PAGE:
|Kataklysm - ‘Of Ghosts And Gods’ (Nuclear Blast)|
|Written by Mark Ashby|
|Tuesday, 25 August 2015 04:00|
When Kataklsym came to release this, their 12th album in their 23-year career, they took the somewhat unusual – and, it must be said, daring – step of recording videos for each of its ten tracks and then releasing them on a daily basis in the days leading up to it becoming available for purchase. It was a big step but one which ‘Of Gods…’ thoroughly deserved - as this a massive, motherfucking beast of an album.
Following on from 2013’s stunning ‘Waiting For The End To Come’, ‘Of Ghosts…’ is nigh on the perfect death metal album: a collection of (as we said) ten songs not one of which possesses or shows any signs of weakness, as the four musicians – vocalist Maurizio Iacono, guitarist JF Degenais, bassist Stephane Barbe and drummer Oli Beaudoin – each deliver consummate masterclasses in their individual and collective crafts. But, where this album succeeds where many others in the genre fail is that it does not rely solely on brutally beating the listener into submission, but uses almost delicate layers of sound to build the overall atmospherics and enhance the entire listening experience.
Opener ‘Breaching The Asylum’, for example, builds slowly, starting with a sampled voiceover and a slow, almost remorseful, rhythm from Beaudoin, before he unleashes the full fury of his hyperblast assault. On ‘The Back Sheep’ – and not for the last time either – Deganais builds the song around a rolling, beautifully melodic, twisting riff, while ‘Marching Through Graveyards’ is characterized by dark, mournful passages interspersed into its dense, militaristic feel. ‘Thy Serpent’s Tongue’, built on another of Deganais’ winding melodies, features a suitably spiteful – you can sense him ejaculating the words into the microphone - and powerful performance from Iacono, while ‘Vindication’ closes off the first half of the album in more traditional DM style, with Deganais’ mid-pace guitar work counterpointed by the intense blastbeating of Beaudoin.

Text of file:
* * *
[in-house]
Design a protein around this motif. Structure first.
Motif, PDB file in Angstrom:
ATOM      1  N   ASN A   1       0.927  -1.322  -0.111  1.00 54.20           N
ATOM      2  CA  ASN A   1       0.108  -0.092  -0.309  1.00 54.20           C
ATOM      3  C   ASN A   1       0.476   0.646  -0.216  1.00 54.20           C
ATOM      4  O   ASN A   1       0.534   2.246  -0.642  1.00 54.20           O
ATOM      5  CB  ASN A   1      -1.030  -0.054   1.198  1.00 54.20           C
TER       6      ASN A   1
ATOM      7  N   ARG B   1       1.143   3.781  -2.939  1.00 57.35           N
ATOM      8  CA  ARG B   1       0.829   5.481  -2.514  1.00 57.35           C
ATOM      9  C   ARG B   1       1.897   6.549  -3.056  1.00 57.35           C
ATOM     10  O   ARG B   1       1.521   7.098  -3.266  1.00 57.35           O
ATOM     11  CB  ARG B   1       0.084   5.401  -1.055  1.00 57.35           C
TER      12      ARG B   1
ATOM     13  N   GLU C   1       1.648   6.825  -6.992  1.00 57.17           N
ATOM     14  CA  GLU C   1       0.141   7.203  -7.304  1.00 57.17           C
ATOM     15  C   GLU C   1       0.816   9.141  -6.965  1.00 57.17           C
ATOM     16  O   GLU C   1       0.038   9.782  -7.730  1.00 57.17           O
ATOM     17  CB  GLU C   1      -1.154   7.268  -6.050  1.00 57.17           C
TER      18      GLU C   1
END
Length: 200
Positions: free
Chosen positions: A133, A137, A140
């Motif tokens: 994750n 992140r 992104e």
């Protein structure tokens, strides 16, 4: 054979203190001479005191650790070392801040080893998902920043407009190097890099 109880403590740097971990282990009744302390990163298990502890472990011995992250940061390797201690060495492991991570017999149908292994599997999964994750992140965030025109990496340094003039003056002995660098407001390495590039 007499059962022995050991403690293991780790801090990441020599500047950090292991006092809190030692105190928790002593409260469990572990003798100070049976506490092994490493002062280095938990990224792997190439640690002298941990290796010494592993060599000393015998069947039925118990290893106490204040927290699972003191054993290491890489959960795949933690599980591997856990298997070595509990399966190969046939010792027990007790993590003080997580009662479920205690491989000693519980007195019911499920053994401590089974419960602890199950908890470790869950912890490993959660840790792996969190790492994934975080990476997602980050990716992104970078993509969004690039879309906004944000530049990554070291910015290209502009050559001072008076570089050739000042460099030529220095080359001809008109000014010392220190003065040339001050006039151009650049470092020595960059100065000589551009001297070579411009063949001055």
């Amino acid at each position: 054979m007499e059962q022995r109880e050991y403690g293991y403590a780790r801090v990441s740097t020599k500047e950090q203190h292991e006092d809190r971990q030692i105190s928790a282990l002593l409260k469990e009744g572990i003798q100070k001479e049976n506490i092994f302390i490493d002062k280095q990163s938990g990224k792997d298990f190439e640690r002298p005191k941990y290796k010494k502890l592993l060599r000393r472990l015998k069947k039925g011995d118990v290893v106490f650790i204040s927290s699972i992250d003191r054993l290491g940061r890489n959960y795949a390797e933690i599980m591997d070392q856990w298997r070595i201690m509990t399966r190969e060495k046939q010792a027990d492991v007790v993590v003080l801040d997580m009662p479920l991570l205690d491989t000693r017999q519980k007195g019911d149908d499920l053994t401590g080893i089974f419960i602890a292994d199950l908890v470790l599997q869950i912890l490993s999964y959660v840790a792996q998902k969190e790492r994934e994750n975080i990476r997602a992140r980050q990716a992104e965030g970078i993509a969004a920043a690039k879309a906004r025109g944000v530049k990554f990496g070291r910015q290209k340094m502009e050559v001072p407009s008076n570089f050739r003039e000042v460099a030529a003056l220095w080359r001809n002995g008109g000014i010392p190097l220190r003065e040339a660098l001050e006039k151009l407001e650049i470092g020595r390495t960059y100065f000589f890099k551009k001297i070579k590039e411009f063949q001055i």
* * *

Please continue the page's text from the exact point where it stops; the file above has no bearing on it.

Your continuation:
‘Soul Destroyer’ kicks off the second half in similarly furious manner, Iacono’s towering vocal underpinned by Barbe and Beaudoin’s neck-snapping rhythm, which is in turn pickled by by Deganais in one of his more under-stated but nevertheless equally effective contributions. ‘Carrying Crosses’ simply oozes pain, especially Iacono’s anger-filled delivery, which suggests that this is a deeply personal track for the singer: the three musicians match his anger with intensity and passion, with the flowing melody carrying the angst of the song. ‘Shattered’ once again sees the band taking the foot slightly off the accelerator, proving that you don’t have to play at supersonic speeds in order to deliver quality death metal, using the layering of harmonies to bring out the darkness which the vocalist once again hints at but just holds back from fully revealing. ‘Hate Spirit’, on the other hand, starts off at the sort of breath-taking speed Lewis Hamilton wishes he could take into the first corner of a GP circuit, before again introducing layers of almost jazz-like progression (especially in Barbe’s brief solo interlude) and then ripping the listener’s head off with the ferocity of its downbeats. Closer ‘The World Is A Dying Insect’ rounds the album off beautifully, turning it full circle with its slow build up and supreme use of atmospherics to underpin the nihilistic darkness of the main musical and vocal theme.
As I said at the beginning, this is a beast of an album. A masterpiece of the genre. It may have taken them nearly a quarter of a century and a dozen albums to get here, but ‘Of Ghosts And Gods’ shows a band at the height of their powers and ready for domination of the global death metal scene.
Kataklysm play the following dates (with Septic Flesh and Aborted) in February 2016, make sure you get to one of them:
Monday 15 – Bristol, Fleece
Tuesday 16 – Glasgow, Audio
Wednesday 17 – Dublin, Voodoo Lounge
Thursday 18 – Manchester, Sound Control
Friday 19 – Nuneaton, Queens Hall
Saturday 20 – London, Underworld